Edgar E. Robinson Professor in United States History
Ph.D, Columbia University, History (1976)
M.A, Columbia University, History (1972)
B.A, Barnard College, History (1969)
Estelle Freedman has taught at Stanford since 1976. She is the Edgar E. Robinson Professor in U.S. History and co-founder of the undergraduate Program in Feminist, Gender, and Sexuality Studies. Her teaching has been recognized by the Dean's Award for Distinguished Teaching, the Dinkelspiel Award for Outstanding Service to Undergraduate Education, and the Rhodes Prize for Excellence in Undergraduate Teaching, as well as the Nancy Roelker Graduate Mentorship Award from the American Historical Association. She is the recipient of multiple national fellowships and has written ten books on the histories of feminism, sexuality, prison reform, and sexual violence.
September 16, 2020
Growing up in the predominantly white town of Los Alamos, New Mexico, Clayborne Carson learned about the civil rights movement from the news: school desegregation, lunch counter sit-ins, the Freedom Riders. But in 1963, he joined the Student Nonviolent Coordinating Committee (SNCC)—Black rights activists who “exemplified the rebelliousness and...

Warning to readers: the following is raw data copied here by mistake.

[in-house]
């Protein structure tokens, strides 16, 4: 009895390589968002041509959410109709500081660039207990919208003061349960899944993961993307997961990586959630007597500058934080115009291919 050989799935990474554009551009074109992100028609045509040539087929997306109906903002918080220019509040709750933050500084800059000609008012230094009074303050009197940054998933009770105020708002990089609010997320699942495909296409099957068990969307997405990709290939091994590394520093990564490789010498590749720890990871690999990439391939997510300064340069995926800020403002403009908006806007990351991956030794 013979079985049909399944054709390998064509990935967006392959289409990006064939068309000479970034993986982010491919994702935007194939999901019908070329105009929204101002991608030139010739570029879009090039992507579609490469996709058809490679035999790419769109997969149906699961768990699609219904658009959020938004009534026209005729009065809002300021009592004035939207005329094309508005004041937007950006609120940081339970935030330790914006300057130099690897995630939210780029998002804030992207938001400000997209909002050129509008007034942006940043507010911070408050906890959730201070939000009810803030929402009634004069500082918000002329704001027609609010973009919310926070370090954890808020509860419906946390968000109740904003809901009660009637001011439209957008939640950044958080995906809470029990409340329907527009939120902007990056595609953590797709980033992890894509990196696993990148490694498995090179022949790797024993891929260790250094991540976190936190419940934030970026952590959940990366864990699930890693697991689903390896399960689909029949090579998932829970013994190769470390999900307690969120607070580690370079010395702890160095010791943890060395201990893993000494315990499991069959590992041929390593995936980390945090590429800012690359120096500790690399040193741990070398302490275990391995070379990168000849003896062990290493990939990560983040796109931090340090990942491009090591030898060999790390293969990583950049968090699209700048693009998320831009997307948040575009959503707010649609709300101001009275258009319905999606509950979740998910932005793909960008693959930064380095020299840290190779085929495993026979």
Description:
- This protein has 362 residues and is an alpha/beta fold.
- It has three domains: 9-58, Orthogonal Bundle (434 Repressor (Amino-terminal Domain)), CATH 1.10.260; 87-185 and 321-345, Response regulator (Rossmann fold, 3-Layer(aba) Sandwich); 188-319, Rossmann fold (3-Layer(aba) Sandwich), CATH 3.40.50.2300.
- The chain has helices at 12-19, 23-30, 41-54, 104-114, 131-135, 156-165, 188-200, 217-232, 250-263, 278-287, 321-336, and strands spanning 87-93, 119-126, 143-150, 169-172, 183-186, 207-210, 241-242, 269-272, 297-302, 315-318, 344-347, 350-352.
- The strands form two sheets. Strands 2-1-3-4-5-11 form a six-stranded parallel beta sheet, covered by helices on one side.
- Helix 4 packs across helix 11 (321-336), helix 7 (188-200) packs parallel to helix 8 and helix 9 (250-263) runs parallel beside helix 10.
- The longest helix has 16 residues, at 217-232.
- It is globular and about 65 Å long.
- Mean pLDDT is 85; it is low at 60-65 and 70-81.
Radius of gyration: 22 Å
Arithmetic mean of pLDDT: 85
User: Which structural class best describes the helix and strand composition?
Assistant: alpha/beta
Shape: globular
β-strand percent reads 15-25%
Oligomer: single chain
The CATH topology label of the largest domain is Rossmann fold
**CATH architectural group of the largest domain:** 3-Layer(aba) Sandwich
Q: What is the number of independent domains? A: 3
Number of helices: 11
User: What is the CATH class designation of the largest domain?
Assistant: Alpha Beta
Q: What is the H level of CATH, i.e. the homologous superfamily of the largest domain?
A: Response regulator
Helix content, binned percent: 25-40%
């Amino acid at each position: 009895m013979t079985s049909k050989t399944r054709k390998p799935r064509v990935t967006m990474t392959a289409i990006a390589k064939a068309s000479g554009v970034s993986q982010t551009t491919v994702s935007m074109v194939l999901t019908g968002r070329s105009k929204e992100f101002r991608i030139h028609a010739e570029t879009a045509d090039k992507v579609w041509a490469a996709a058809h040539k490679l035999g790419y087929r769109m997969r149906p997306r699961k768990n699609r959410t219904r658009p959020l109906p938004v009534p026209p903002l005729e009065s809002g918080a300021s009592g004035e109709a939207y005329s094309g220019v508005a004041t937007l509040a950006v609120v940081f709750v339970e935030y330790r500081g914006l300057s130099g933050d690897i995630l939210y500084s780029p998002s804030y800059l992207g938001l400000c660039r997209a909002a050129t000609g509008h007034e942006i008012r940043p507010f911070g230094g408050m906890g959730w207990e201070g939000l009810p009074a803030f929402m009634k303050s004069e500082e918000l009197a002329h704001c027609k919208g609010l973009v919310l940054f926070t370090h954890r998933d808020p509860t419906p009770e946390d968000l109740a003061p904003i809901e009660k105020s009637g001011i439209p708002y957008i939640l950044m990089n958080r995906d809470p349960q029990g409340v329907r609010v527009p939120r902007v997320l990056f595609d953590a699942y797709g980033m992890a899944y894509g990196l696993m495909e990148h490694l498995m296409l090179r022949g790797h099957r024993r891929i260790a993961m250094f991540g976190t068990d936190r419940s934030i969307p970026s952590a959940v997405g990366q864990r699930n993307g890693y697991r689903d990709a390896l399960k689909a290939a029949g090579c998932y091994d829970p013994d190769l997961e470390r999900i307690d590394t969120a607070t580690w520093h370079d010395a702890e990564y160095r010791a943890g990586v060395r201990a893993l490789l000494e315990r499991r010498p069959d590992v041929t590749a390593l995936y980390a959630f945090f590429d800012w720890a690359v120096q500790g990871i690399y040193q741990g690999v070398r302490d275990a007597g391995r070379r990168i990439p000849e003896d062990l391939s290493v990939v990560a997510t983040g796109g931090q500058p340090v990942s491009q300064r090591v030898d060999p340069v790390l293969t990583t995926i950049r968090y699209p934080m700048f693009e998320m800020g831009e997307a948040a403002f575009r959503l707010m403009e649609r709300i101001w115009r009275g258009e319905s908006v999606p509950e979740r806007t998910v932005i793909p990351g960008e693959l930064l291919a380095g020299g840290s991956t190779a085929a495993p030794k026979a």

August 12, 2020
The upcoming centennial of the 19th Amendment is a milestone in women’s suffrage, marking a culmination of decades-long efforts by women who called for full citizenship. This history, Stanford historian Estelle Freedman says, can be traced back to the abolition movement in 19th-century America. Here, Freedman discusses how the histories of the...
June 26, 2019
Fifty years ago, the Stonewall rioters’ call for the recognition of gay rights in the United States launched annual gay pride parades that initially were more serious protest marches than the colorful celebrations known today, Stanford historian Estelle Freedman said. Here, Freedman reflects on the night of June 27, 1969, when New York City...
Gender and Sexuality
Race and Ethnicity